Discovering an unexplored playground is a magical childhood experience.
In Cookeville it’s now one every child can have.
At the Heart of the City playground, kids of all abilities can play together in a space that’s 100 percent handicap-accessible.
That’s something that is not always an option for the 2.8 million special needs children in the U.S.
For those kids, being included in playtime can be life-changing, both physically and emotionally.
“It was amazing when this all-inclusive concept came together, and my wife and I knew we wanted to volunteer,” says TJ Overstreet, playground construction captain.
“We have a child with special needs, and we knew he didn’t have a place he could play and spend time with his brothers and other friends, so we jumped on board real quick.”
The plan for the project was initially much less ambitious than the 12,500-square-foot playground that resulted.
“Our plan was to raise $250,000 in a year, and then we added the special needs component,” says Kelly Swallows, project co-chair.
“No one thought we could do it, but in the end, we raised $500,000 and 2,800 people volunteered to help us build it.”
Making it magical
The resulting space is nothing short of awe-inspiring.
It features a:
- Train and depot
- Pirate ship
- Fire station
- Miniature Burgess Falls Rock Wall
- Capshaw Cave Tunnel, and
- Tennessee Tech castle, which has a treasure box, underground tunnel and shaky bridge.
For those with special needs, it has:
- 10 ramps and zero places a wheelchair or walker can’t reach
- A shock absorbent, porous rubber surface for stability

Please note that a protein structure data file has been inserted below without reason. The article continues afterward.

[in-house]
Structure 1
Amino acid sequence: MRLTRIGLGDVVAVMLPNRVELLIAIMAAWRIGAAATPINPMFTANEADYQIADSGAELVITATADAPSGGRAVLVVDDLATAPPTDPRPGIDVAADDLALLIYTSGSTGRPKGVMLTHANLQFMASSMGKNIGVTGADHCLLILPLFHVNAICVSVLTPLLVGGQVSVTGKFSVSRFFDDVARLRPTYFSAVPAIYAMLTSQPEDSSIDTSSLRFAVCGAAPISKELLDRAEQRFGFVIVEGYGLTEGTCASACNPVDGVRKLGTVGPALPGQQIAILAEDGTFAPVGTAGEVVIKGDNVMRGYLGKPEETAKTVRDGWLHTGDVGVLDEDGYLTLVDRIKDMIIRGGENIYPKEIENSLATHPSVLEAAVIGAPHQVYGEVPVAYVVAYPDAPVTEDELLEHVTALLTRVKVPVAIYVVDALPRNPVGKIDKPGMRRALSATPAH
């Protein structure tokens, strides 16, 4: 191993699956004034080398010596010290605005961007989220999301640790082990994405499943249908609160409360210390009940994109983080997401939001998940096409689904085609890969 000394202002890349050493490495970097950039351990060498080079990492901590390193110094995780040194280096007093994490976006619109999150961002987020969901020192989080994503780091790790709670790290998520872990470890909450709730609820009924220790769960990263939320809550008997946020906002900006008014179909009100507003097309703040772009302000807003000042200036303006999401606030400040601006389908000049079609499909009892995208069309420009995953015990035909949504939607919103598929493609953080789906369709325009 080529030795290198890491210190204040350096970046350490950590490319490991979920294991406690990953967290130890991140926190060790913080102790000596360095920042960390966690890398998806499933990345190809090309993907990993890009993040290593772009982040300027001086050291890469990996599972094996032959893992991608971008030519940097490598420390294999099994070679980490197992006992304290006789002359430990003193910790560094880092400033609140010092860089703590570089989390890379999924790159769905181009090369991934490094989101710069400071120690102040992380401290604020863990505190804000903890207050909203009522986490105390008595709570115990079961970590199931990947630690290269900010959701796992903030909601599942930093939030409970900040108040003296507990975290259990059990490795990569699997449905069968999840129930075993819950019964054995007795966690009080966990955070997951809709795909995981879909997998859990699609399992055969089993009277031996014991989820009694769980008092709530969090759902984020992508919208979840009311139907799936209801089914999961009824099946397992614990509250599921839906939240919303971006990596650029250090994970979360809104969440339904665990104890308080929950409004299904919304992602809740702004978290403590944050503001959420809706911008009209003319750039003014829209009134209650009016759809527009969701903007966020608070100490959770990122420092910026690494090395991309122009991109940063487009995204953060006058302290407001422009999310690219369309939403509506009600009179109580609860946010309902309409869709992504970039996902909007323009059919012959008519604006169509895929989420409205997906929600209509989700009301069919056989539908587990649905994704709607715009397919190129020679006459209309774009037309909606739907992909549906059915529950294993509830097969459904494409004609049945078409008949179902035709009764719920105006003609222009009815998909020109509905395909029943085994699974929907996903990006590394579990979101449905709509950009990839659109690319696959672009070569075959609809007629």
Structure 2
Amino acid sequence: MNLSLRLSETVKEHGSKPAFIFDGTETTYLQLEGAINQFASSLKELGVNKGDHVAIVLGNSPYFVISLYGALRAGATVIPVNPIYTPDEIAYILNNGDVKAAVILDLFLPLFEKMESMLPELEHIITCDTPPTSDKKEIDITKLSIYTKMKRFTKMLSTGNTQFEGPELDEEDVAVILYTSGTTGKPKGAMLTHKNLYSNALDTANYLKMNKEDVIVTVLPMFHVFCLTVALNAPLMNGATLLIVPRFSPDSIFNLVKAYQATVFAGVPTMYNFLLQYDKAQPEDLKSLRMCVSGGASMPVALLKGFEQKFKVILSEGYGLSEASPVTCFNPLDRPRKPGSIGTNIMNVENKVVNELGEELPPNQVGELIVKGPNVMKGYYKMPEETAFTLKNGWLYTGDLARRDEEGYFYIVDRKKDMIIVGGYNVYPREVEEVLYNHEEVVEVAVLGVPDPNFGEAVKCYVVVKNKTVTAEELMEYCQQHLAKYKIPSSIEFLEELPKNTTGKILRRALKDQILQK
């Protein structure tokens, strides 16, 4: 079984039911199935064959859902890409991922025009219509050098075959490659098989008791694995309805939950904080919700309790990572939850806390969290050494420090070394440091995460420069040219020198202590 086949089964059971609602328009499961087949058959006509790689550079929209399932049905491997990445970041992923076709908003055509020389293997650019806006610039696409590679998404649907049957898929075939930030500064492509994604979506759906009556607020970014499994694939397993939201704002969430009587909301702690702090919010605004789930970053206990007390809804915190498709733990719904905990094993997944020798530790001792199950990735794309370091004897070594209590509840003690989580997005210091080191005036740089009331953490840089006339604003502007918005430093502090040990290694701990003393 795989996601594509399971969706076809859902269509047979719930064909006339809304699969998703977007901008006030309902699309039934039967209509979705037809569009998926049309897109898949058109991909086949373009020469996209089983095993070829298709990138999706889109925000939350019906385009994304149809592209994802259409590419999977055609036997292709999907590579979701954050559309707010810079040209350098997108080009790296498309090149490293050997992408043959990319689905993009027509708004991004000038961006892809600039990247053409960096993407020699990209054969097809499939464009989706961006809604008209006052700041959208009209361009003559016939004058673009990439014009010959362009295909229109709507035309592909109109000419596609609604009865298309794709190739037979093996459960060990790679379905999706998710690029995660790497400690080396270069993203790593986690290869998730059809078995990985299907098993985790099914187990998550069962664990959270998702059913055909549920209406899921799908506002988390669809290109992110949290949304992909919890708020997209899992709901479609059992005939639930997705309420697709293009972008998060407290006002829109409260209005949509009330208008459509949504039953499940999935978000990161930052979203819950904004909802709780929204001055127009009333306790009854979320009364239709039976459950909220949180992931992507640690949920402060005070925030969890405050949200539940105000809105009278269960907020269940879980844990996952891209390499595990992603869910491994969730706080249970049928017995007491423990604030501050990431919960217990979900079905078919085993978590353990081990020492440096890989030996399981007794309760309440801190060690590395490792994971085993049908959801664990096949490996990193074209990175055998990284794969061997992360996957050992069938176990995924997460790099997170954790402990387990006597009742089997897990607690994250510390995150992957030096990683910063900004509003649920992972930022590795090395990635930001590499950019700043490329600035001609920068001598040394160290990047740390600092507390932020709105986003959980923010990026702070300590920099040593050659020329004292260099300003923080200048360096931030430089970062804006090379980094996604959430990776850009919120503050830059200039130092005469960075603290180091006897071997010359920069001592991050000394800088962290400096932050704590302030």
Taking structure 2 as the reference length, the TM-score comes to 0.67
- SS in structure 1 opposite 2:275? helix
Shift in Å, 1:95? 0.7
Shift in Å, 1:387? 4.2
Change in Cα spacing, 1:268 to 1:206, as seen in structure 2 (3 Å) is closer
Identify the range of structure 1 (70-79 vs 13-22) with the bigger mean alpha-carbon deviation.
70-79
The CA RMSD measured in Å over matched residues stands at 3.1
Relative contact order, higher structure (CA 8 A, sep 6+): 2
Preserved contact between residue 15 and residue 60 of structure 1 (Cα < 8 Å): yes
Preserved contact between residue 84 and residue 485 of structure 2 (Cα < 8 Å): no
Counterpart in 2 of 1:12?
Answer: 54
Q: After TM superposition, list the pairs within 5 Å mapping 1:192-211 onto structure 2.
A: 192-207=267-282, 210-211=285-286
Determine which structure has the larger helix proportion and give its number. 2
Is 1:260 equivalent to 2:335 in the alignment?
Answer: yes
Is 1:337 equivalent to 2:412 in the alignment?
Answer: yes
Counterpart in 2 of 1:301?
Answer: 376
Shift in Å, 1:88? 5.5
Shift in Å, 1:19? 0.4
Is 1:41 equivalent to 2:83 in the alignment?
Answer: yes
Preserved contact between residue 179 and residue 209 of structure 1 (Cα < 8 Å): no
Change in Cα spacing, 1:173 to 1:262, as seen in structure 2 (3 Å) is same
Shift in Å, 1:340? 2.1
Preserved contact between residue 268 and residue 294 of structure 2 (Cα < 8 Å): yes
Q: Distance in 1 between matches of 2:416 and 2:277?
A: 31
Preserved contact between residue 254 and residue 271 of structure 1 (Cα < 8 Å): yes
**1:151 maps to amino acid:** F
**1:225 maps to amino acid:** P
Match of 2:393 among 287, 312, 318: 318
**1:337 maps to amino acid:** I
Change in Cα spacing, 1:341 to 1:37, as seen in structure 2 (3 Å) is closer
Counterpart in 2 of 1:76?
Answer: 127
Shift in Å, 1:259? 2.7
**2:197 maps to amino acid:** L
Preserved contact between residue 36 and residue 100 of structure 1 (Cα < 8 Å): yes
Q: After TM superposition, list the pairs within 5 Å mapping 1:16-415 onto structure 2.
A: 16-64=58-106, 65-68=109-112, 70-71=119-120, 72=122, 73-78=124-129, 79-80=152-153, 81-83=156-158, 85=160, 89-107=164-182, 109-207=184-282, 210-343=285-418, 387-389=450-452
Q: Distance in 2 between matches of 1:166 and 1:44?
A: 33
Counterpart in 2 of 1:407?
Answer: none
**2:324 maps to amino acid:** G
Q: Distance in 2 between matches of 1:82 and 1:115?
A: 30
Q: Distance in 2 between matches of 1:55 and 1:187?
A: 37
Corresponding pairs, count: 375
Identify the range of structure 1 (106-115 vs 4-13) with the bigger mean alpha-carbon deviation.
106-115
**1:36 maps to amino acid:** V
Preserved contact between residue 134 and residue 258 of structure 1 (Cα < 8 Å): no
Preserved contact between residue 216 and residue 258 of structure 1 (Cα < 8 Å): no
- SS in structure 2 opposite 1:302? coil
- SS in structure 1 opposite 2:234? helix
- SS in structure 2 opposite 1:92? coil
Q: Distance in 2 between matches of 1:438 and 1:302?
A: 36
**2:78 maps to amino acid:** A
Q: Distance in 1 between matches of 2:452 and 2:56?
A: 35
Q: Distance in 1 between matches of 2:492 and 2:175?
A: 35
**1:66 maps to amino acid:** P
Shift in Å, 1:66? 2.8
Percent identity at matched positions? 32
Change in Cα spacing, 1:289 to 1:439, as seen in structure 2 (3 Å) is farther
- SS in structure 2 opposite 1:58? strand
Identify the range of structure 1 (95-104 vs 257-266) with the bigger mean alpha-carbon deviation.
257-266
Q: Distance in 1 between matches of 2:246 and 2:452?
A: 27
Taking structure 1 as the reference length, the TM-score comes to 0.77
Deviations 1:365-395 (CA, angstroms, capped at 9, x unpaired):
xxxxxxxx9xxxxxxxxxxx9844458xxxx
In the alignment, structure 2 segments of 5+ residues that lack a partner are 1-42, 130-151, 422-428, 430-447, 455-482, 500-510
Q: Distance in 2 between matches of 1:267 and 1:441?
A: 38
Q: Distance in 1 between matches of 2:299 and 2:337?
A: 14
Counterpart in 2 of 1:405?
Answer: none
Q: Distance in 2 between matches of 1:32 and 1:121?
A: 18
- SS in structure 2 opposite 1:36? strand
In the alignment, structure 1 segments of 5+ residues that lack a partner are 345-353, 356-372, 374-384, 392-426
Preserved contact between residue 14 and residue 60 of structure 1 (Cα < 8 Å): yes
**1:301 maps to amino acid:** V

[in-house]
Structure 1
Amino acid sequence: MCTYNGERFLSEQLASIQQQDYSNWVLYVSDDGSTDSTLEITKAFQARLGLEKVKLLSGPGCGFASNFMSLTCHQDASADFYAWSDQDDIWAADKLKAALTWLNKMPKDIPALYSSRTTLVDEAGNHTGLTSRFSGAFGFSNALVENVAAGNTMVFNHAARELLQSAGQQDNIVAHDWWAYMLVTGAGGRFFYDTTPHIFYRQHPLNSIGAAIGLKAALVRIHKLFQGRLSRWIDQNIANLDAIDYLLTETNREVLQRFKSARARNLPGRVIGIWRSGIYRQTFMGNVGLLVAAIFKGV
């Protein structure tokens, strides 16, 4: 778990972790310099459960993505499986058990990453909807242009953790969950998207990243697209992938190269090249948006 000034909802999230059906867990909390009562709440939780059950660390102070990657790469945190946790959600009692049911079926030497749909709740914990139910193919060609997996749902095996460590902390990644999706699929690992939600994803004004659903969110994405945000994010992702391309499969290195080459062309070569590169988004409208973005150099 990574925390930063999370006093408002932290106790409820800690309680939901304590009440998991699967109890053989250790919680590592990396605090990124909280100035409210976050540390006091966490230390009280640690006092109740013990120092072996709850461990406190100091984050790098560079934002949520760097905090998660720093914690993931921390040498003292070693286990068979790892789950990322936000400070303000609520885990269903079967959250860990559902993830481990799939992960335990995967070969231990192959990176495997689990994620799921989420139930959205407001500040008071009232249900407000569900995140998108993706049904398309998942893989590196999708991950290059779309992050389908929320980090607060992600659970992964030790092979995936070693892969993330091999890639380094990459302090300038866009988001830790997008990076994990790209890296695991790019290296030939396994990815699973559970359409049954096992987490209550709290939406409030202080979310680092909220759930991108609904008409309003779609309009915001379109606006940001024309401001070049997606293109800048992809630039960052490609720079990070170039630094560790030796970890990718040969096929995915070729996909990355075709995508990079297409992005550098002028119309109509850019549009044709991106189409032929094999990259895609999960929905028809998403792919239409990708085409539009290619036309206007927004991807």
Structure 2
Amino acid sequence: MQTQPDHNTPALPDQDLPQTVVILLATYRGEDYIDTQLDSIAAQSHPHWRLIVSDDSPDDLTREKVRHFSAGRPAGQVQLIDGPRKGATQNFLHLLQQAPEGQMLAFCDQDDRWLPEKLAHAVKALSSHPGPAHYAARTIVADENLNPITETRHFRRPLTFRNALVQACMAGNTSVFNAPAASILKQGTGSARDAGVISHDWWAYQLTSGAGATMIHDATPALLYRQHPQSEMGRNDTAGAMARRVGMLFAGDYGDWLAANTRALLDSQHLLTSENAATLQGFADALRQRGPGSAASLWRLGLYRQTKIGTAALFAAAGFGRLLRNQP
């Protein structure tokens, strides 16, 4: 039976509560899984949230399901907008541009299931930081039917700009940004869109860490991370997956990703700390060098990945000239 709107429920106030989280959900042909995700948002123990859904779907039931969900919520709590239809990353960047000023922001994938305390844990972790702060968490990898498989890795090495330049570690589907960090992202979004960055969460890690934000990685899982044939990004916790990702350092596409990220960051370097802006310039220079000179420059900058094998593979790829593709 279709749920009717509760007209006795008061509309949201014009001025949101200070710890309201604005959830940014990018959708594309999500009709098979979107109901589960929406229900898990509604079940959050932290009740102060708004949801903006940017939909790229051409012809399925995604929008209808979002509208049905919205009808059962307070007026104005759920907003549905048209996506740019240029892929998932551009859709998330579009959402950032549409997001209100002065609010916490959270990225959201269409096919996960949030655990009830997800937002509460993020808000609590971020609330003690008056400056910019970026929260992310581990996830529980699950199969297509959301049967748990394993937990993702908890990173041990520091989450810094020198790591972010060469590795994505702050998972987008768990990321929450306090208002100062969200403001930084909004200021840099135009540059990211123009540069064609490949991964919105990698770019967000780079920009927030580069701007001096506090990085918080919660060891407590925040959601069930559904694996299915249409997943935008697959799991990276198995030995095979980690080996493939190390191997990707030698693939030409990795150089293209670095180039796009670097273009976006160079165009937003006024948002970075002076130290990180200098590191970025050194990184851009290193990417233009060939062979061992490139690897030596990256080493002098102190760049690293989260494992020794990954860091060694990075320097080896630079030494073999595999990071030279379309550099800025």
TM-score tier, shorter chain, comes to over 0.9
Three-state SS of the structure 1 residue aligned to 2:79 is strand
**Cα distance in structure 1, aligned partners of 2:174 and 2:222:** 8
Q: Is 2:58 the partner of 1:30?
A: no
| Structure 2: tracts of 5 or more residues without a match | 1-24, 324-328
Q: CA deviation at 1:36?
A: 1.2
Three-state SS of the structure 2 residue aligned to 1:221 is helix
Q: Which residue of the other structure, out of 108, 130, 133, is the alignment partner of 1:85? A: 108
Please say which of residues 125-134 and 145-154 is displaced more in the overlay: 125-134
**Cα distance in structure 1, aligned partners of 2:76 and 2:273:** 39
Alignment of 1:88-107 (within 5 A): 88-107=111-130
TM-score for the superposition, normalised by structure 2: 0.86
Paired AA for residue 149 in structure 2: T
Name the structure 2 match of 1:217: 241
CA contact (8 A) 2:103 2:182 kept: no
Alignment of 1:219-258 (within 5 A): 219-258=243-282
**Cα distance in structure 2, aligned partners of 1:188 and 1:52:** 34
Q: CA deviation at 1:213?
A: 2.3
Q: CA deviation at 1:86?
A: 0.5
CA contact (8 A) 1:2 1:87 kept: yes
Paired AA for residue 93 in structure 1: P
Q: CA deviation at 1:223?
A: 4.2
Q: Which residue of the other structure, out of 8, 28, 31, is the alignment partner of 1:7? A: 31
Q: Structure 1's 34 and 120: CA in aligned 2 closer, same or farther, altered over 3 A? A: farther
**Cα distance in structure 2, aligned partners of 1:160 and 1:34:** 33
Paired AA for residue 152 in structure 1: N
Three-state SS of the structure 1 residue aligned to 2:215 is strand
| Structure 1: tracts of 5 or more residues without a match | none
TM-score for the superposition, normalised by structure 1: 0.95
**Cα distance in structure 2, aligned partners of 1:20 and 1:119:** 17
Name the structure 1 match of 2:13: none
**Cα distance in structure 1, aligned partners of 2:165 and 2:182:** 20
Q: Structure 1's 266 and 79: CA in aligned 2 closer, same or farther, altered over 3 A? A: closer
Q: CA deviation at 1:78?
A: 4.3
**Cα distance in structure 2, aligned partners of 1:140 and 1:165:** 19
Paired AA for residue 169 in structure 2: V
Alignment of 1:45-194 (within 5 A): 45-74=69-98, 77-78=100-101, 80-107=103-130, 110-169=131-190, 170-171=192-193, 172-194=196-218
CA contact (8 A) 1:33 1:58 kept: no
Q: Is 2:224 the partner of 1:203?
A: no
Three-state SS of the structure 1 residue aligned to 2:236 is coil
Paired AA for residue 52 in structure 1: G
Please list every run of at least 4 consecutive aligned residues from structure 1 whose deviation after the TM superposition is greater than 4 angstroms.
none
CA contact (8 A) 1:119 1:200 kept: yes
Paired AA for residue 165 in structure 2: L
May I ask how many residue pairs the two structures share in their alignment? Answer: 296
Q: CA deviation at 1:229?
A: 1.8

- An Ability Whirl, a merry-go-round that is flush with the ground so wheelchairs can roll on and lock in place
- A roller table that allows a child with no use of their lower body to pull themselves through
- Low-hanging monkey bars for kids in walkers
- Specialized therapy swings that stimulate brain function
“Using one of these swings, children stimulate their occipital lobe, which controls visual processing — something all children need to develop,” says Swallows.
“Most children with special needs don’t have access to play structures that stimulate that part of the brain.”
Before the playground was built, there was nowhere in a 90-mile radius for kids of all abilities to play together.
Today, 200-plus visitors on any sunny day show the potential of Heart of the City to make all kids healthier and happier.
“I love seeing children of all ages outside enjoying fresh air, moving and playing,” says Swallows.
“I often wonder, ‘Where were these children playing one year ago?’
“And the truth is they may have been inside watching TV or playing a video game.
“It makes us so happy to see kids moving and having fun.”